A Shovelful of Spades

In this post we’re looking at words for shovel, spade, oar, and related things in Celtic languages.


Words marked with a * are reconstructions.

Proto-Celtic *rāmyos = oar, spade, shovel
Old Irish (Goídelc) ráma = oar
ráïd = to row (with oars), sail, voyage
imm·rá = to row (about), navigate
Middle Irish (Gaoidhealg) rám(a), rámha = oar, spade
imm-rá, immará = to row (around), navigate, go
Irish (Gaeilge) rámh = oar
rámhach = oared
rámhaíocht = rowing, oarsmanship
rámhainn = spade, spade-length
rámhaí = oarsman
rámhaigh = to row
iomair = to row
iomróir = oarsman, rower
Scottish Gaelic (Gàidhlig) ràmh [r̪ˠaːv] = oar, paddle
ràmhach [r̪ˠãːvəx] = row(ing) boat, set of oars
ràmhachd [rˠ̪ãːvəxg] = (act of) rowing, oar-making
ràmhadh [r̪ˠaːvəɣ] = (act of) rowing
ràmhaiche, ràmhair [r̪ˠaːvɪçə / r̪ˠaːvɛrʲ] = oarsman, rower
iomair [imɪrʲ] = to row (a boat)
iomramhaiche [imərəvɪçə] = oarsman, rower
Manx (Gaelg) raue = rowing
raueder = rowing man
ymmyrt = oar, rowing, to row, to launch
ymmyrtagh = oarsman, rower, waterman, ferryman, rowing
reuyrey = to delve, dig (up), root, spade
Proto-Brythonic *rrọβ = shovel, spade
*rruɨβ̃ = oar
Middle Welsh (Kymraec) rau, raỽ, raw, rhaw = shovel, spade
rawyet, rhawieit = shoveful, spadeful
rwyf, rỽyf, rwyff = oar, paddle
rỽyuaỽ, rhwyfo = to row, travel (by sea), voyage, journey
rhwyfwr = oarsman, rower
Welsh (Cymraeg) rhaw [r̥aːu̯ / r̥au̯] = shovel, spade
rhaw(i)aid = shoveful, spadeful
rhawffon = spade, shovel, paddle
rhawiaf, rhawio, rhoddio, rhofio = to shovel, dig
rhawiwr = shoveller
rhwyf = oar, paddle
rhwyfadain, rhwyfaden = fin (of a fish), propeller
rhwyf(i)af, rhwyf(i)o = to row, travel (by sea), voyage, journey, agitate, shake, swing, wave
rhwyfwr = oarsman, rower, sailor, seaman, boatman, mariner
Old Cornish ruif = oar
Middle Cornish (Cernewec) ruif, rev = oar, ruler, king
ruifadur, revadar, ruivadur = rower, oarsman
Cornish (Kernewek) reuv = shovel
reuv arader = ploughshare
rev = oar
revya = to row, paddle
Middle Breton (Brezonec) reuf = spade
reuff, roeuff = oar
Breton (Brezhoneg) roev = spade
roeñv [rwẽʷ] = rowing, oar
roenvier, roevier = rower, oarsman

Etymology: from the Proto-Indo-European *h₁reh₁- (to row). Words from the same PIE root include row, rudder and Russia in English, roeien (to row [with oars]) and riem (oar, paddle) in Dutch, (to row, sail out to fish, rock backwards and forwards) in Icelandic, ro (to row, quickly hand over, pass) in Swedish, rame (oar, paddle) in French [source].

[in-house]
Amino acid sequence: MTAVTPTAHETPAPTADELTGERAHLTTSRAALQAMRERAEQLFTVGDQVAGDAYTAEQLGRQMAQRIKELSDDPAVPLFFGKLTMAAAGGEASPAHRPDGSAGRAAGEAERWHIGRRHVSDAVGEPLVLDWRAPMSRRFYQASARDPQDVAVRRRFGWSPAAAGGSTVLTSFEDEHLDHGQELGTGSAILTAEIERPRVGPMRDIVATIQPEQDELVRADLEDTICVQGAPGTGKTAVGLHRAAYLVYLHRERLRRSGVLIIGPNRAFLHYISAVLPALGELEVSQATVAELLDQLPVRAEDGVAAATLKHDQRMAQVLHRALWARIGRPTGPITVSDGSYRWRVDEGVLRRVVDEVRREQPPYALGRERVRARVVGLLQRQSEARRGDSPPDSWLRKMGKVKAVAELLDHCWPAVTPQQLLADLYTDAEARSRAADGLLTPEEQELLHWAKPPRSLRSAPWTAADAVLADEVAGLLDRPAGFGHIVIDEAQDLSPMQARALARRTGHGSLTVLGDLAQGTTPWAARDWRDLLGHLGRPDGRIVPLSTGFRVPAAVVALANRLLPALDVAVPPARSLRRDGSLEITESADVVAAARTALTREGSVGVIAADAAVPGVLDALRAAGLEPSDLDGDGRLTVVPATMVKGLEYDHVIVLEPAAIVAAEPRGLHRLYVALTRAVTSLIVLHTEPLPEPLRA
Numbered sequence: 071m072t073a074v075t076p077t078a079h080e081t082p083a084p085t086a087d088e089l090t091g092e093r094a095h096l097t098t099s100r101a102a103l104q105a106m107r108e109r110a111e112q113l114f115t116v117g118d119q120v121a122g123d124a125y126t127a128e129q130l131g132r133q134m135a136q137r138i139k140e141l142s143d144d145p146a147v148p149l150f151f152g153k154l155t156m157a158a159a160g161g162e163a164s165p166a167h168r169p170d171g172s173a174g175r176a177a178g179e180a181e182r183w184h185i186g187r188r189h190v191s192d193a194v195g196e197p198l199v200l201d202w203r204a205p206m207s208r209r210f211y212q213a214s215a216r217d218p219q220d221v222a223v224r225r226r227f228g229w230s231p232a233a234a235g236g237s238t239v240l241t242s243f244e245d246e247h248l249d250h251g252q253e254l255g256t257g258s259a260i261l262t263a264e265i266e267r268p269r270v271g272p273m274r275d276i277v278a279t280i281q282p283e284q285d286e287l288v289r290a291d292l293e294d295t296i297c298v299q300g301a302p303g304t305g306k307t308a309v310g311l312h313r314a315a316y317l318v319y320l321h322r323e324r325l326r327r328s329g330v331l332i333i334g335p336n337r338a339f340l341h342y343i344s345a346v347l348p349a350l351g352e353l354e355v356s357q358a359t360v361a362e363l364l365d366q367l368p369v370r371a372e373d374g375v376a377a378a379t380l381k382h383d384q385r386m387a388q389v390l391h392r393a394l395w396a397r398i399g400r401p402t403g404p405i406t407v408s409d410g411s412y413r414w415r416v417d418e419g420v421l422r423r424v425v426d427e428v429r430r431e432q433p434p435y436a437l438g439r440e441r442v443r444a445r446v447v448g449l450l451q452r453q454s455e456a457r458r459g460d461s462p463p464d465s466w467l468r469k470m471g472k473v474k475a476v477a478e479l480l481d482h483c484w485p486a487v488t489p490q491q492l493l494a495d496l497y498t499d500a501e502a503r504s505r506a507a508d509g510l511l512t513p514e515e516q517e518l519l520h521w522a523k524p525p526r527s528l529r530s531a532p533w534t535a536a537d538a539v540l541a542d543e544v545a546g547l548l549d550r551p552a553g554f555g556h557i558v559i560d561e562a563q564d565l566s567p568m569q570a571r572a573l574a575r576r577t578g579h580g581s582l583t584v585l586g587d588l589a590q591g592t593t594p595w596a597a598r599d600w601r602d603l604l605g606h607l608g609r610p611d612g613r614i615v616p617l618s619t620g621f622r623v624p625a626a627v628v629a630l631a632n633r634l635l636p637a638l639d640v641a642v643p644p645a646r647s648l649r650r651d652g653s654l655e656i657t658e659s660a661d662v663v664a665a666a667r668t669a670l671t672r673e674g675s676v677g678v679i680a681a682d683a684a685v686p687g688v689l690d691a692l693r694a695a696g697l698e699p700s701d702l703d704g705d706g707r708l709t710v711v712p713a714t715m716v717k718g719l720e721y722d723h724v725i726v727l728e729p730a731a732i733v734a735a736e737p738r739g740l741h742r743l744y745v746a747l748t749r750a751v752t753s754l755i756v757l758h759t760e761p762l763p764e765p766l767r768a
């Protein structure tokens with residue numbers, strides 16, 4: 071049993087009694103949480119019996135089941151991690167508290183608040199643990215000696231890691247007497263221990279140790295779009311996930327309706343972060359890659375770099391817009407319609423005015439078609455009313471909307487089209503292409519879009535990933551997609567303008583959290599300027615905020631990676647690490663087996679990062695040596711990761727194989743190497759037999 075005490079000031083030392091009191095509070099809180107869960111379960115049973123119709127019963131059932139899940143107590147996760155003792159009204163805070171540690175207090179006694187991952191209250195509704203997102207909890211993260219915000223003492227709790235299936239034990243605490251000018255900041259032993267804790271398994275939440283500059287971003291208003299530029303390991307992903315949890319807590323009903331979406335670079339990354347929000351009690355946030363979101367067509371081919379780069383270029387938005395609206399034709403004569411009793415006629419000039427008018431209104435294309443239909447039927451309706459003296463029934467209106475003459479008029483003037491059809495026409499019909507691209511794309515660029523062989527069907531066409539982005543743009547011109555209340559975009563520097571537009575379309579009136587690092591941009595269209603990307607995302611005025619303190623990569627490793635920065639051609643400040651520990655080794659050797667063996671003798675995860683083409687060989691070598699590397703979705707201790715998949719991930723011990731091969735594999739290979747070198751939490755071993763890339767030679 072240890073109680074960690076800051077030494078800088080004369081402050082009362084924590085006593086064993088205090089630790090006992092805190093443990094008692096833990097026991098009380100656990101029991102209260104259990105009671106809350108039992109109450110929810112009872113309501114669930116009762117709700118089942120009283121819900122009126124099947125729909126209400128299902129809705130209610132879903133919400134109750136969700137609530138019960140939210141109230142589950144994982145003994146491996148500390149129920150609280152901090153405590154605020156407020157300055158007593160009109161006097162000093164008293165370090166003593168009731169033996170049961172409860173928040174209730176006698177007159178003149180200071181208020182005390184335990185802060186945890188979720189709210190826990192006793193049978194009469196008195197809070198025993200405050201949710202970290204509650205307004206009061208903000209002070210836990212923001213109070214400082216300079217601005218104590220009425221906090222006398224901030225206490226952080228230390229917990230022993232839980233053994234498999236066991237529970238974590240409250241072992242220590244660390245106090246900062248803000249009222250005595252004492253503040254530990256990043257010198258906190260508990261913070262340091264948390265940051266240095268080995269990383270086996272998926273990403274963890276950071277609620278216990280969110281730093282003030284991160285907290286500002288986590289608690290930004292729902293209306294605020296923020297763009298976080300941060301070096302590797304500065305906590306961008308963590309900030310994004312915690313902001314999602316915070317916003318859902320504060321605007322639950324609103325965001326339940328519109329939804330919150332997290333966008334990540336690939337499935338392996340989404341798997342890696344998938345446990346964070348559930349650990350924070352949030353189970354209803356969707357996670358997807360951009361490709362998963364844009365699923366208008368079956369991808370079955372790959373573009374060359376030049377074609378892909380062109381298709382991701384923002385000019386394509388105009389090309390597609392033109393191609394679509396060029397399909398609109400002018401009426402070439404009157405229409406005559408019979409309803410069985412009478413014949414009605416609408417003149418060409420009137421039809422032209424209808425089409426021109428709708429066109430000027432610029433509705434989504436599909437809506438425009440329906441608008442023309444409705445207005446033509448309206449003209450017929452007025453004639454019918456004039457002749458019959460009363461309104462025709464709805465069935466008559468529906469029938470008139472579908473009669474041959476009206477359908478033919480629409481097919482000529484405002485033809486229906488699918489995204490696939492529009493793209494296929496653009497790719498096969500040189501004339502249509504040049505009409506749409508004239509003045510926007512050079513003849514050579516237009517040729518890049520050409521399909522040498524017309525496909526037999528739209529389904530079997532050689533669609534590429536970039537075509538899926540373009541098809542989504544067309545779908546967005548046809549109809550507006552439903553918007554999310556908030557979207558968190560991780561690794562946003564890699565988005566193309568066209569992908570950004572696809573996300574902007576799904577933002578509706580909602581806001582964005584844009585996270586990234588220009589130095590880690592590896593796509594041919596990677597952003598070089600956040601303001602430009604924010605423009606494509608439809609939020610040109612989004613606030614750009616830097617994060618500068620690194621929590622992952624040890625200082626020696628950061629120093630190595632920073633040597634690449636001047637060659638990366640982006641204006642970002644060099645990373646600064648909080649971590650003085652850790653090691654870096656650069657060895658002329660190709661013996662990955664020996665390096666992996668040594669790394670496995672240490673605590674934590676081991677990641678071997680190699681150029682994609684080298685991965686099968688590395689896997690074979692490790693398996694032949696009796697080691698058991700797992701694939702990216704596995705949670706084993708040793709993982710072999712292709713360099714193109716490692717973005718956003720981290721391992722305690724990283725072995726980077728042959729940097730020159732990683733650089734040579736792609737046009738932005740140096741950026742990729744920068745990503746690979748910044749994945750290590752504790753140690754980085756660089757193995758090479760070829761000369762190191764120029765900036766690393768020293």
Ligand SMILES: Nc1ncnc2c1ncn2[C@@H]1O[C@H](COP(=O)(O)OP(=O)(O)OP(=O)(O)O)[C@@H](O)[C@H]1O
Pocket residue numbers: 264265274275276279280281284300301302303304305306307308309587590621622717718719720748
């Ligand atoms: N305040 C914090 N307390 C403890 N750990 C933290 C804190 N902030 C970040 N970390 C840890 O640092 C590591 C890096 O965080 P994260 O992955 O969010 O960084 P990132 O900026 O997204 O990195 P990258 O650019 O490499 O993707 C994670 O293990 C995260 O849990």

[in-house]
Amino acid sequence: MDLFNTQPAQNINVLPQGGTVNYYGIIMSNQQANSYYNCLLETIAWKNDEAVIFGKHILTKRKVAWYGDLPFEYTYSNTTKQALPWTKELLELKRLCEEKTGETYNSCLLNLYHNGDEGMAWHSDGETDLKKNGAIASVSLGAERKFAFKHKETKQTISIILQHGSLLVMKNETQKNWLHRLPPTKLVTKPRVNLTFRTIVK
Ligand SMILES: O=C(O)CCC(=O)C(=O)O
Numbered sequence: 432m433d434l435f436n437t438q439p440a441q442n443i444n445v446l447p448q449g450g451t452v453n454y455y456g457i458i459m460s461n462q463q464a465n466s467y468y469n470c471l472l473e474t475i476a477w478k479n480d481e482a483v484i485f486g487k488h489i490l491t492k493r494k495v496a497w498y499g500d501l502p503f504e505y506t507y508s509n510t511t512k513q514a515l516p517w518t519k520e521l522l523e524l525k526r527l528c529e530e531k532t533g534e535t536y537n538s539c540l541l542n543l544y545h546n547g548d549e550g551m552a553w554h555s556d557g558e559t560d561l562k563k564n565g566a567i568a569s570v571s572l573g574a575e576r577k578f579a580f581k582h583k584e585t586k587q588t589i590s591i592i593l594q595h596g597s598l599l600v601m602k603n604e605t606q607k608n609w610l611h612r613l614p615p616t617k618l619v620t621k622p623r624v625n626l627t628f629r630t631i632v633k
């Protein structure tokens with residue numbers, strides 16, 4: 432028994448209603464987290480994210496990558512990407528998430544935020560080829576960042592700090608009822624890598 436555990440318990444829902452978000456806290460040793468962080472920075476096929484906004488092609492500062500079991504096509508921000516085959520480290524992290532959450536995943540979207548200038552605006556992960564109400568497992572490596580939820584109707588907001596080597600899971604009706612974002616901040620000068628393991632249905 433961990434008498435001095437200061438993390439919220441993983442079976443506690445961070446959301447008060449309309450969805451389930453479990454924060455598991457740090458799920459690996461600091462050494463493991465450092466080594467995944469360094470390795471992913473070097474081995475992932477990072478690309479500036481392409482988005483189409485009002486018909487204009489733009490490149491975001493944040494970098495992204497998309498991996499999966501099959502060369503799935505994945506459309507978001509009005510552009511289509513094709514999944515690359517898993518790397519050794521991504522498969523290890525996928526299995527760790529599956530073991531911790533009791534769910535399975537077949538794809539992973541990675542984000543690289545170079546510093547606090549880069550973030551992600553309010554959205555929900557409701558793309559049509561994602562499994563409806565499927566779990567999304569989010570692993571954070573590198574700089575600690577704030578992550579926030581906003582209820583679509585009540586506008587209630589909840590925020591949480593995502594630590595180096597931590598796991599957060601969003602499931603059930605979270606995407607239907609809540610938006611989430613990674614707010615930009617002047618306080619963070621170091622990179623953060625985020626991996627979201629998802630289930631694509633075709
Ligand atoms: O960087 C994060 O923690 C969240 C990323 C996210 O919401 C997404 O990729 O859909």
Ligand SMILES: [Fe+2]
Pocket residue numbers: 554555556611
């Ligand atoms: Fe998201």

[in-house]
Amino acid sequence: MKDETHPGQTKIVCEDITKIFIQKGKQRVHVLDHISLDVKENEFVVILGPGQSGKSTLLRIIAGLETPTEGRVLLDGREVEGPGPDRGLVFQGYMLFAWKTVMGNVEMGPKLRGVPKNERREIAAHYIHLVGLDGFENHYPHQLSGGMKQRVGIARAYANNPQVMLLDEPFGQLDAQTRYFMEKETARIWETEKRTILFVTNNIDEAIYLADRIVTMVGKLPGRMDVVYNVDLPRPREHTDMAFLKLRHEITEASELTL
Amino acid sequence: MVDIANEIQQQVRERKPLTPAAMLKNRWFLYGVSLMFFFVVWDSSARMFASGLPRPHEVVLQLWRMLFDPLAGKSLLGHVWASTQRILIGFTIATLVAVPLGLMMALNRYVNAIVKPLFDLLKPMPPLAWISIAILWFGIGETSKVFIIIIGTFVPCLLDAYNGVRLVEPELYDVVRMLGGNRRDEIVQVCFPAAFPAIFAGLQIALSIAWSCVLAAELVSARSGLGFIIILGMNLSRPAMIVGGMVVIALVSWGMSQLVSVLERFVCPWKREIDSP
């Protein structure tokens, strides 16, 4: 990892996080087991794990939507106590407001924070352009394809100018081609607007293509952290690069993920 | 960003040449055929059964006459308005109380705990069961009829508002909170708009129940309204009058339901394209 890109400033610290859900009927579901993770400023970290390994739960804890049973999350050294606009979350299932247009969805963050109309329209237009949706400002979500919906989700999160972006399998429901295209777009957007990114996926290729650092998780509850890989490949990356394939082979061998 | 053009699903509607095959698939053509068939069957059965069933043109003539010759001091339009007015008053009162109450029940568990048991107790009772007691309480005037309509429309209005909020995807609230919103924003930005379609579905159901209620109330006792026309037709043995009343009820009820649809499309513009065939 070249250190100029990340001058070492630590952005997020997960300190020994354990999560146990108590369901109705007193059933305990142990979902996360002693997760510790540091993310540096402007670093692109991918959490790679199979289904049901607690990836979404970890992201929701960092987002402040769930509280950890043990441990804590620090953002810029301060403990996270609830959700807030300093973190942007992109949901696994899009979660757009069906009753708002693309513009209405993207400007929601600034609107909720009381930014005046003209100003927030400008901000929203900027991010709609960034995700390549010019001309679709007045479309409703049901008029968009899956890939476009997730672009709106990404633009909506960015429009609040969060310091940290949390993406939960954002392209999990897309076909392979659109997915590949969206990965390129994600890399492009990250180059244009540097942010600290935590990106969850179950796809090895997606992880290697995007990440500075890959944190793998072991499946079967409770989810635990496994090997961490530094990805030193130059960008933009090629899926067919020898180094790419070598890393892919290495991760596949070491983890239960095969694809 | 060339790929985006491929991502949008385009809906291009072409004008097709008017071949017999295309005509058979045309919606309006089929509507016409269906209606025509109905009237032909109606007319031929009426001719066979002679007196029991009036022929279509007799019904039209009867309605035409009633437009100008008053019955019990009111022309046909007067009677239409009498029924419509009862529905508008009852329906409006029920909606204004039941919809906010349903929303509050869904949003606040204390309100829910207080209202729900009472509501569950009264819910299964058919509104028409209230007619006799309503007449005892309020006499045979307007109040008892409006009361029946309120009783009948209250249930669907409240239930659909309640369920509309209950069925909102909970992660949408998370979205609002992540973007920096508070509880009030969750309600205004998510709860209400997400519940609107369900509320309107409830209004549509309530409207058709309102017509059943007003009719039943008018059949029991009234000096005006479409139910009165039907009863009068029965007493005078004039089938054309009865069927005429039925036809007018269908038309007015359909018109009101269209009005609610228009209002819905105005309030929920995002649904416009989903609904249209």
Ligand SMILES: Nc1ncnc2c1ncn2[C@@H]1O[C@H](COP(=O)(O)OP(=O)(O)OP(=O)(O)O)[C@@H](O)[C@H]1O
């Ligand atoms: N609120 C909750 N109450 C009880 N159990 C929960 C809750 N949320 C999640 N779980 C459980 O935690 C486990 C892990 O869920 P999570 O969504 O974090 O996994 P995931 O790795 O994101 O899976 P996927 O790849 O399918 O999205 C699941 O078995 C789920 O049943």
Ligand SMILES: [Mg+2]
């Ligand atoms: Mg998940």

Etymology: the Brythonic words for oar come from Latin rēmus (oar), from Proto-Italic *rē(z)mos, from a PIE *h₁reh₁- (to row) [source].

Old Irish (Goídelc) slúasat = shovel
Middle Irish (Gaoidhealg) slúasat, slúasad = shovel, paddle, tooth
slúaistech = shovel-like
Irish (Gaeilge) sluasaid = shovel, shovelful
sluaisteáil = to shovel, gather in large quantities, scoop
sluaisteog = (small) shovelful
sluaisteoir = shoveller
Scottish Gaelic (Gàidhlig) sluasaid [sl̪uəsadʲ] = shovel, spade
sluaist [sl̪uəʃdʲ] = shovel, spade
sluaisreadh [sl̪uəʃrʲəɣ] = shovelling, water washing up and down a beach
Manx (Gaelg) sleayst = shovel
sleaystey = to shovel, scoop, mix; shovelling, mixing
sleaysteyder = shoveller, scooper

Etymology: unknown [source].

Scottish Gaelic (Gàidhlig) fàl [faːl̪ˠ] = scythe
fàladair [faːl̪ˠədɪrʲ] = scyther, reaper, mower
fàlaireachd [faːl̪ˠədɪrʲəxg] = scything, mowing
fàlaid [faːl̪ˠadʲ] = scythe
Manx (Gaelg) faayl = turfcutter, turfspade
foll = scythe
folderagh = to cut with a scythe, mowing
Old Welsh (Kembraec) pelechi = cudgel, club, staff
Middle Welsh (Kymraec) pal, pál = spade, shovel
palach = cudgel, club, staff
Welsh (Cymraeg) pâl [paːl] = spade, shovel, dug soil, tilth, a digging,
palach = cudgel, club, staff
Middle Cornish (Cernewec) pal = spade, shove, mattock
Cornish (Kernewek) pal = spade
palas = to dig, excavate
Middle Breton (Brezonec) pal = shovel, spade
Breton (Brezhoneg) pal [pɑːl] = shovel, spade
palad [ˈpɑːlat] = shoveled
palat [ˈpɑːlat] = to dig
palerez [pa.ˈleː.res] = excavator

Etymology: possibly from the Proto-Indo-European *kʷel- (to turn). Words from the same PIE root include collar, cult and wheel in English, and Hals (neck, throat) in German [source].

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Sources: Wiktionary, Am Faclair Beag, Online Manx Dictionary, Teanglann.ie, eDIL – Electronic Dictionary of the Irish Language, In Dúil Bélrai English – Old Irish glossary, Geiriadur Prifysgol Cymru, Gerlyver Kernewek, Dictionaire Favereau, TermOfis, English – ProtoCeltic WordList (PDF), Etymological Dictionary Of Proto Celtic

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